By Gary C. Marfin, former Associate Dean of the School of Engineering at Rice University and Manager of Government Relations with Conoco; and Christopher H. Marraro, a Partner with BakerHostetler in the firm’s Washington, DC office.

It is not every day that Congress expressly considers intervening to counter a perceived diminution in the power of another branch of government.  Yet, this is now occurring.  On January 11, 2017, the US House of Representatives, as part of an overall effort to curb the growth of the administrative state, voted to bolster the judicial branch’s power to review regulatory agency decisions.  Title II of H.R. 5, known as the Regulatory Accountability Act (RAA), would amend the Administrative Procedure Act to require that courts reviewing agency actions conduct de novo review—an approach that would relieve federal courts from conferring what has become known as Chevron deference on the decisions of federal regulatory agencies.  Chevron U.S.A. Inc. v. Natural Resources Defense Council, Inc., 467 U.S. 837 (1984).

It is not at all obvious that the RAA’s supporters are serving their near-term strategic interests by bolstering judicial review of federal agency actions.  Courts’ faithful application of Chevron deference when reviewing legal challenges would undoubtedly facilitate deregulation as federal agencies will seek to interpret and re-interpret statutes they administer in an effort to reduce regulatory burden.  The success of such deregulatory thrust will depend, in part, on whether administrative actions taken in pursuit of regulatory reform will survive the legal challenges they will invariably incur from external parties.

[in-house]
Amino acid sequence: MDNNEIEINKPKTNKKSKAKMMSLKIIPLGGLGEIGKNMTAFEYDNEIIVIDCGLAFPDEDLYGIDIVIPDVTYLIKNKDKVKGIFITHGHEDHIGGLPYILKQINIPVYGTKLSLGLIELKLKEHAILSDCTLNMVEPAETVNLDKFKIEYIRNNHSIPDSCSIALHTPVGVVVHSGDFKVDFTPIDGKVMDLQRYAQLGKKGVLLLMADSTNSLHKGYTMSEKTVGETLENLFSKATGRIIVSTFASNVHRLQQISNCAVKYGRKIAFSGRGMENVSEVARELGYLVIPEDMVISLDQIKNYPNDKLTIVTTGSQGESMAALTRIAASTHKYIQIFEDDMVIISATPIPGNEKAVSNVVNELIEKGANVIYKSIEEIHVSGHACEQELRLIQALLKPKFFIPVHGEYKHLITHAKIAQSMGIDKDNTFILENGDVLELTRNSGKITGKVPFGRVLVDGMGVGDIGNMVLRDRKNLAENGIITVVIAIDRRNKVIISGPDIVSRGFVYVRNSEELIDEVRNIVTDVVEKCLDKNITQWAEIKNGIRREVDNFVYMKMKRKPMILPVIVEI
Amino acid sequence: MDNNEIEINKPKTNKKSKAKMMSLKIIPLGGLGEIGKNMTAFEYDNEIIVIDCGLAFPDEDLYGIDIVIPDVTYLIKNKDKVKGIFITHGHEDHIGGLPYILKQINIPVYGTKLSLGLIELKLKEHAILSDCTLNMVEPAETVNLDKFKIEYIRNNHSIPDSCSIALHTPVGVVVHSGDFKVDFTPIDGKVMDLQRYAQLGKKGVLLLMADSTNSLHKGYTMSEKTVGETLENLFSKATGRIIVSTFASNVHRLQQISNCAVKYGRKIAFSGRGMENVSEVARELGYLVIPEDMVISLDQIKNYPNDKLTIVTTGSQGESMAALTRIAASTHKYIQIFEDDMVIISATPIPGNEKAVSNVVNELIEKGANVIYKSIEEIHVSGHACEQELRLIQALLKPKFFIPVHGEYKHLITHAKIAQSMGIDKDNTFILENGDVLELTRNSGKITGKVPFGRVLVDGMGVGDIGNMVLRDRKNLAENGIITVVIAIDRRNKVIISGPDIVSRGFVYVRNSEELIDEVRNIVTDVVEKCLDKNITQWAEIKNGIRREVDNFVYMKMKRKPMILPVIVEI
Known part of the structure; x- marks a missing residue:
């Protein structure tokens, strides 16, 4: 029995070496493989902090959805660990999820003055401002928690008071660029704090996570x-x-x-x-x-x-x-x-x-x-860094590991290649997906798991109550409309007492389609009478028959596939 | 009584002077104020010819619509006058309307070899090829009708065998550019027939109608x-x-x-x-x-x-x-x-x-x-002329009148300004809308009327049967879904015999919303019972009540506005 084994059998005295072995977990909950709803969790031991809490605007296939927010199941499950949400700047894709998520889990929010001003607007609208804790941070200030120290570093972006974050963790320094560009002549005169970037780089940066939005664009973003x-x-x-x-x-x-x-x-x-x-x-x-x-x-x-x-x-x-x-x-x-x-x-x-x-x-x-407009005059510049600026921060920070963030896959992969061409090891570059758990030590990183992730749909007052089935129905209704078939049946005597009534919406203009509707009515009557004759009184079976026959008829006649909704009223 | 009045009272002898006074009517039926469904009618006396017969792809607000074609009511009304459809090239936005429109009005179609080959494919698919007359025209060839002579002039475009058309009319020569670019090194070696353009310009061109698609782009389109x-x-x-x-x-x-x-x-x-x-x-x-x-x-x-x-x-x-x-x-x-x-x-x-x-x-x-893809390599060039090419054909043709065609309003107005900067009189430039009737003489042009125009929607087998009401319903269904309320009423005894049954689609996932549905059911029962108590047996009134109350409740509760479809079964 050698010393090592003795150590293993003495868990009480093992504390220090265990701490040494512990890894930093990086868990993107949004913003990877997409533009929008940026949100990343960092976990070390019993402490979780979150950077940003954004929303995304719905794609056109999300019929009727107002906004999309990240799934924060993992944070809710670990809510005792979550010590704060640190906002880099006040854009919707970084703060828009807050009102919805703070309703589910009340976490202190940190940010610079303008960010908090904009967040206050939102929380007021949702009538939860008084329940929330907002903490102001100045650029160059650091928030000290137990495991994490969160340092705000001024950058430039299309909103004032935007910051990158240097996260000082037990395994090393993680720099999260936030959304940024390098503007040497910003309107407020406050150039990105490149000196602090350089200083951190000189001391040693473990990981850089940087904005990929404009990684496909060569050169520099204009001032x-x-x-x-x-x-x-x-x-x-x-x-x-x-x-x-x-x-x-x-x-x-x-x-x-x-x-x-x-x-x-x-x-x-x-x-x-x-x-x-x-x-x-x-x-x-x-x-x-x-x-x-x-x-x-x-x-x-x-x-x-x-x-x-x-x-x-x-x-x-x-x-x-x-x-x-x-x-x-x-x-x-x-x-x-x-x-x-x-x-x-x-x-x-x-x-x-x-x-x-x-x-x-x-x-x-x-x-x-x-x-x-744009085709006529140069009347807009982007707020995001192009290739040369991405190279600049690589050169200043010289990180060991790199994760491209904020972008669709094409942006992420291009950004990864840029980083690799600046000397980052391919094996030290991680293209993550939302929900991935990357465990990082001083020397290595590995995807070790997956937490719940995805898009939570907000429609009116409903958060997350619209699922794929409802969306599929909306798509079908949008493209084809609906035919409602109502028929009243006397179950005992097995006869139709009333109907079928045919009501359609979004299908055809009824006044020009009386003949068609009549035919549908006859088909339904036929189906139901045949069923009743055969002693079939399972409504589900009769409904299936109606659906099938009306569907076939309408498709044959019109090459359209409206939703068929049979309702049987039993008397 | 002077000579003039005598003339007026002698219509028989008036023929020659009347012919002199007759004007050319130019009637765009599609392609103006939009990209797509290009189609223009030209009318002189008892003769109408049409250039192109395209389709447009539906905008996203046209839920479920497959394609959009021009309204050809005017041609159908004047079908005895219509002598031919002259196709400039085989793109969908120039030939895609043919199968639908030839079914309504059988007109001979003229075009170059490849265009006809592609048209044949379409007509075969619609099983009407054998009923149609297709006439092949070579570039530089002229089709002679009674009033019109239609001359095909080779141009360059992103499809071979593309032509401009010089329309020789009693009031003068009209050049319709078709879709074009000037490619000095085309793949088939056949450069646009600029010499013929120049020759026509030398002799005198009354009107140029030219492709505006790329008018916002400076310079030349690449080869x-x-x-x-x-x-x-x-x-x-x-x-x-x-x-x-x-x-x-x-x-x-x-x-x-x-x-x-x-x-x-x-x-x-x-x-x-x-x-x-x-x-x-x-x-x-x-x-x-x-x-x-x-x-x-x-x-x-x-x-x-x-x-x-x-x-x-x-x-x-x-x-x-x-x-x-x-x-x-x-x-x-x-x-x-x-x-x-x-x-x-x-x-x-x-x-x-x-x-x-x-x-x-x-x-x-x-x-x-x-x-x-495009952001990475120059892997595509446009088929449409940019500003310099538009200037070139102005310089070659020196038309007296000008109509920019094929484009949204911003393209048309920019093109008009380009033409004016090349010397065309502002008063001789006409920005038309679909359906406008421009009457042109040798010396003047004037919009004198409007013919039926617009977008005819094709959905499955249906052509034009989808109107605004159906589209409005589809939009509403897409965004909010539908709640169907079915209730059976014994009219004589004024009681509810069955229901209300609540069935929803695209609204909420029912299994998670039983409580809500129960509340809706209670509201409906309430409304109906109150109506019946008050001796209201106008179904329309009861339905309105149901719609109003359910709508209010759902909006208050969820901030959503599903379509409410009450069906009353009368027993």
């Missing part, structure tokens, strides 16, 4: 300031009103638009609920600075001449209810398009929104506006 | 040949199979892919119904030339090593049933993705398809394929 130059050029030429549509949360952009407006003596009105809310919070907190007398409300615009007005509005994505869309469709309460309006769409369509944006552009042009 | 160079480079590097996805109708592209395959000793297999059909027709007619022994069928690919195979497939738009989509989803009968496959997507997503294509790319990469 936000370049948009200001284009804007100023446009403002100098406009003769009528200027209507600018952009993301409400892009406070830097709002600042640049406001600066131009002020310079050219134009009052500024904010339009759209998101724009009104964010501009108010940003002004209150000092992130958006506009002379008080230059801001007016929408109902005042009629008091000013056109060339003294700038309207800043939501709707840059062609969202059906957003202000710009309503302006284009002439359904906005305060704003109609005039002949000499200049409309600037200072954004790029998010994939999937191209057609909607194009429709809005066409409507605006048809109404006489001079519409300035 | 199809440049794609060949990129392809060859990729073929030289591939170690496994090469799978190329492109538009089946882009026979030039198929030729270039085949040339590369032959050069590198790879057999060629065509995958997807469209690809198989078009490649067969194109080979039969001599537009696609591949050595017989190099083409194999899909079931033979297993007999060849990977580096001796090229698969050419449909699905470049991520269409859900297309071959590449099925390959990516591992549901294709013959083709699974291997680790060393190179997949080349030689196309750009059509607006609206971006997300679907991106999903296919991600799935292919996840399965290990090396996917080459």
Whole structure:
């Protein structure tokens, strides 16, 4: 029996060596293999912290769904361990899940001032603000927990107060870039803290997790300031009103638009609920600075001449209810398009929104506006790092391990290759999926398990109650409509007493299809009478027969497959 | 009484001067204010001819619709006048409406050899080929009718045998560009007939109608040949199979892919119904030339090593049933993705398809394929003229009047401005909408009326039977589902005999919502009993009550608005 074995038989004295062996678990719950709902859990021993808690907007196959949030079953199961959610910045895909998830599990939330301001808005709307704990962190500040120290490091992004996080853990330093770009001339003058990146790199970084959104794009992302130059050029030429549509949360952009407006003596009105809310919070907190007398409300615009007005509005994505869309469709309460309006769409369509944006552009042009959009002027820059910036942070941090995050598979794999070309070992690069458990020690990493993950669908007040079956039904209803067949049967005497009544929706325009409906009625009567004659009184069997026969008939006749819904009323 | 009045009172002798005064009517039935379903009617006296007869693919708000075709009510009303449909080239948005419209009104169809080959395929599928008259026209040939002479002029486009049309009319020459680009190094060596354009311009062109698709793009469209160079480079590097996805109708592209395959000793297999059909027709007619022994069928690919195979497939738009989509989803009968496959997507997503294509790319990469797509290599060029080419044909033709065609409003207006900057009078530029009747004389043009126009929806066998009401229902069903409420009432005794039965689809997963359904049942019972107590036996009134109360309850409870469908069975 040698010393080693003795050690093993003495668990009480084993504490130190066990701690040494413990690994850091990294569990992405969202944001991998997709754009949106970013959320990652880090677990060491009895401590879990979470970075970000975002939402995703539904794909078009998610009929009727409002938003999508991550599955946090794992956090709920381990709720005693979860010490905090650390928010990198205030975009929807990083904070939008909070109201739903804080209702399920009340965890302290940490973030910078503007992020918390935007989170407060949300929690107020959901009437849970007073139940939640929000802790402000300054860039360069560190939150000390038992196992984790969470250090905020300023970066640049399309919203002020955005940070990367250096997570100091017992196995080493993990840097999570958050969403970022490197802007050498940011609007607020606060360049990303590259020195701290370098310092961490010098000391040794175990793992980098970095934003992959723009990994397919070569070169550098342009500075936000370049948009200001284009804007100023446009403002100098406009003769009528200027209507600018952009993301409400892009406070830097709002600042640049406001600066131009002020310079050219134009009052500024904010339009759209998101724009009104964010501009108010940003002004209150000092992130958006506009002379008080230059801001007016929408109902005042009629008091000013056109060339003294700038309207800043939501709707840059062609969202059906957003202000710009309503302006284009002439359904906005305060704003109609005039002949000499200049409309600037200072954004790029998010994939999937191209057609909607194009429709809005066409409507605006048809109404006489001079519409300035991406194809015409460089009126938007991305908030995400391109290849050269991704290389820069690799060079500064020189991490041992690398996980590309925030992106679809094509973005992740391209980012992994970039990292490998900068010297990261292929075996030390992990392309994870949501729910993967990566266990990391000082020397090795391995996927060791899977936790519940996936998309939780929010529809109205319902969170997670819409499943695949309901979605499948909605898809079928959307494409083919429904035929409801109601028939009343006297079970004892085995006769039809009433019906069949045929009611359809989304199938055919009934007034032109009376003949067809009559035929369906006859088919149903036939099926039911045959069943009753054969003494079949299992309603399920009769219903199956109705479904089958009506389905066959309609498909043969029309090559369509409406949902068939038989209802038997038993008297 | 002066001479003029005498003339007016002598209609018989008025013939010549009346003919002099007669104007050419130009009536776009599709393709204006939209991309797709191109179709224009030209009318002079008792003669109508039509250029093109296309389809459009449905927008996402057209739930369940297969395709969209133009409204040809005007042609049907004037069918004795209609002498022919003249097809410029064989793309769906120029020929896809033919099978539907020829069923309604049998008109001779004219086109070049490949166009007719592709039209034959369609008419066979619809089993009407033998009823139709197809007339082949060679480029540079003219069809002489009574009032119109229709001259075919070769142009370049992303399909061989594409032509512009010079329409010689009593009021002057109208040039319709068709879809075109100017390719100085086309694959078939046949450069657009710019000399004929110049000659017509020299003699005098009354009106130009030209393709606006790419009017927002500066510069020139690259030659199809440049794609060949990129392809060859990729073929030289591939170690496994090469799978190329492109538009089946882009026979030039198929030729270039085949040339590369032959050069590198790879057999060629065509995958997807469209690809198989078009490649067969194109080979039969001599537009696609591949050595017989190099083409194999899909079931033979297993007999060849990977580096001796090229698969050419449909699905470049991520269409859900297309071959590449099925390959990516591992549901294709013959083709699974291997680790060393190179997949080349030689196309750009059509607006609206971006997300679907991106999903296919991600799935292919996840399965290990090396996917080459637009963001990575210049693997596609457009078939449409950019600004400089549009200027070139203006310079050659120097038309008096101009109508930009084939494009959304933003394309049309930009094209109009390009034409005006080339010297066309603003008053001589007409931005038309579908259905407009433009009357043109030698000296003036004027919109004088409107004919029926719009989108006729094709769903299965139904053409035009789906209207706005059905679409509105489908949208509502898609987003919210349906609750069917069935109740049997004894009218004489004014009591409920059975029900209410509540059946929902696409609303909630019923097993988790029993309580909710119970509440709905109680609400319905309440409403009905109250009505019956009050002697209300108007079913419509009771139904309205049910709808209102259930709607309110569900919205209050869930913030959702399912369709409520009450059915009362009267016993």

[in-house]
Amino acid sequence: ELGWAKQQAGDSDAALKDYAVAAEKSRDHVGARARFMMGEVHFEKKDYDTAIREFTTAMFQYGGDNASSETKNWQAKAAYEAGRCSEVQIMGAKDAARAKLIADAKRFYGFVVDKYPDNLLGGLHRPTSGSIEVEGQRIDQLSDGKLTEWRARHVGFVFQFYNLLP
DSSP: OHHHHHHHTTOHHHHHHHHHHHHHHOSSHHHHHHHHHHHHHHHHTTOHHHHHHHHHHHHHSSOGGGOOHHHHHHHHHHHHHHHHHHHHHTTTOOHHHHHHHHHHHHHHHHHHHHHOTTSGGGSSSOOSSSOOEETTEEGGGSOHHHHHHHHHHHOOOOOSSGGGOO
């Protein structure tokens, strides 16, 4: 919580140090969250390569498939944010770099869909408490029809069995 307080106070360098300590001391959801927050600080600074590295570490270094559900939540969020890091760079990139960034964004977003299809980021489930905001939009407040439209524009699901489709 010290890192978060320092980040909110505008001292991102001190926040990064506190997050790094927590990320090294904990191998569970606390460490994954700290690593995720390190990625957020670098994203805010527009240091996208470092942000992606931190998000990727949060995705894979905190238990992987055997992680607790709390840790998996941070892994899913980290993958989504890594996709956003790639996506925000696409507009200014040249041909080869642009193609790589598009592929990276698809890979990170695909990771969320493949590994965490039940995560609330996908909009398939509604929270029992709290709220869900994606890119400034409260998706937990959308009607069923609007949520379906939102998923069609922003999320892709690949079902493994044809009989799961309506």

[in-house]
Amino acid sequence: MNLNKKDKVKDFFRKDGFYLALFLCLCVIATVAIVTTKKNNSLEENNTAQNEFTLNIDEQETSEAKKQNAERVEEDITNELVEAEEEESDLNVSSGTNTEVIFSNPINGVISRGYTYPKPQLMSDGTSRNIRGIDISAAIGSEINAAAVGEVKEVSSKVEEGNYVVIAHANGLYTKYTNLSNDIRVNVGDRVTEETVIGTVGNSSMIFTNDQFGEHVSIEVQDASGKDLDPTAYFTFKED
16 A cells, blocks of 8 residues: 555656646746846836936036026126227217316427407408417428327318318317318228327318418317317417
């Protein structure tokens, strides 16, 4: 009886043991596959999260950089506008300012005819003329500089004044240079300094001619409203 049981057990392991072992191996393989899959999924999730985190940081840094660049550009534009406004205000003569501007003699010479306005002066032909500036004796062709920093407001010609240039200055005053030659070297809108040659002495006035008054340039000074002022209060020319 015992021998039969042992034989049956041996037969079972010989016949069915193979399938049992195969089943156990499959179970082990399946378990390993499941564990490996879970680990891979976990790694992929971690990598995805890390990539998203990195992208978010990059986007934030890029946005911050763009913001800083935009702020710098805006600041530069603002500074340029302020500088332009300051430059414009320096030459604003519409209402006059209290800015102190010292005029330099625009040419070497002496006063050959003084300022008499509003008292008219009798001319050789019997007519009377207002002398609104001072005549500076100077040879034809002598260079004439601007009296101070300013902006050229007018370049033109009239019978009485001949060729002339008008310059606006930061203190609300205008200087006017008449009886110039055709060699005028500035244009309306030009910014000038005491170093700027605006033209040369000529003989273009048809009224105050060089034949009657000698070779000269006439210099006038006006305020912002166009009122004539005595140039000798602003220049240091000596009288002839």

Chevron emerged in a deregulatory climate not unlike the present.  As Justice Stevens, author of the Court’s opinion in Chevron observed, with the election of President Reagan, “a new Administration took office and initiated a government-wide reexamination of regulatory burdens and complexities.” One outcome of that examination was the idea, then novel, of allowing the Environmental Protection Agency to consider net pollution changes in an entire facility, as though it were encased in a bubble, instead of focusing on individual emission sources within the facility when granting air permits under the Clean Air Act.  Specifically, Justice Stevens held in Chevron that courts should show deference to federal agency interpretations of ambiguous or undefined statutory provisions, provided (a) Congress had not already addressed the specific provision at issue and (b) that the agency’s interpretation was reasonable or plausible under the statute.